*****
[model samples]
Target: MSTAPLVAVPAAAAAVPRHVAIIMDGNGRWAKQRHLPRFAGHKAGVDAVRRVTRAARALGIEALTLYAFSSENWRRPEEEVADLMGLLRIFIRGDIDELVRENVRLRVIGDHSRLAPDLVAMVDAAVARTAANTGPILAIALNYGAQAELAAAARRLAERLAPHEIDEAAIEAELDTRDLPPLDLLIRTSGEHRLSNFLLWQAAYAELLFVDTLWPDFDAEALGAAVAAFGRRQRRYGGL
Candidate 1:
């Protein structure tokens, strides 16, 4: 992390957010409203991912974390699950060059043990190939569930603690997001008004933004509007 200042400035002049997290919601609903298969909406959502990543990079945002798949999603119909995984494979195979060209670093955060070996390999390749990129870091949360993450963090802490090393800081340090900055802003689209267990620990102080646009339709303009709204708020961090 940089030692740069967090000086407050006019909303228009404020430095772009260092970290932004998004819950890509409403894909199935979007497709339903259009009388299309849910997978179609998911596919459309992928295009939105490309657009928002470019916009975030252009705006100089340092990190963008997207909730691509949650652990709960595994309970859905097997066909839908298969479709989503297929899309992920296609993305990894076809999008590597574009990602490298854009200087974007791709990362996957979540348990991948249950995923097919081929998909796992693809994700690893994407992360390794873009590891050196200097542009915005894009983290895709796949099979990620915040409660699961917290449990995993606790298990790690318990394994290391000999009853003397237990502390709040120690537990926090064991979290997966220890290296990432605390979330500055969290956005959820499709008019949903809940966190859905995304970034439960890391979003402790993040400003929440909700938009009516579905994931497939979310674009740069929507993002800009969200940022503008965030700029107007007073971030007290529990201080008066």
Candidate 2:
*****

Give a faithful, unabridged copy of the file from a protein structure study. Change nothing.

[model samples]
Target: MSTAPLVAVPAAAAAVPRHVAIIMDGNGRWAKQRHLPRFAGHKAGVDAVRRVTRAARALGIEALTLYAFSSENWRRPEEEVADLMGLLRIFIRGDIDELVRENVRLRVIGDHSRLAPDLVAMVDAAVARTAANTGPILAIALNYGAQAELAAAARRLAERLAPHEIDEAAIEAELDTRDLPPLDLLIRTSGEHRLSNFLLWQAAYAELLFVDTLWPDFDAEALGAAVAAFGRRQRRYGGL
Candidate 1:
């Protein structure tokens, strides 16, 4: 992390957010409203991912974390699950060059043990190939569930603690997001008004933004509007 200042400035002049997290919601609903298969909406959502990543990079945002798949999603119909995984494979195979060209670093955060070996390999390749990129870091949360993450963090802490090393800081340090900055802003689209267990620990102080646009339709303009709204708020961090 940089030692740069967090000086407050006019909303228009404020430095772009260092970290932004998004819950890509409403894909199935979007497709339903259009009388299309849910997978179609998911596919459309992928295009939105490309657009928002470019916009975030252009705006100089340092990190963008997207909730691509949650652990709960595994309970859905097997066909839908298969479709989503297929899309992920296609993305990894076809999008590597574009990602490298854009200087974007791709990362996957979540348990991948249950995923097919081929998909796992693809994700690893994407992360390794873009590891050196200097542009915005894009983290895709796949099979990620915040409660699961917290449990995993606790298990790690318990394994290391000999009853003397237990502390709040120690537990926090064991979290997966220890290296990432605390979330500055969290956005959820499709008019949903809940966190859905995304970034439960890391979003402790993040400003929440909700938009009516579905994931497939979310674009740069929507993002800009969200940022503008965030700029107007007073971030007290529990201080008066």
Candidate 2: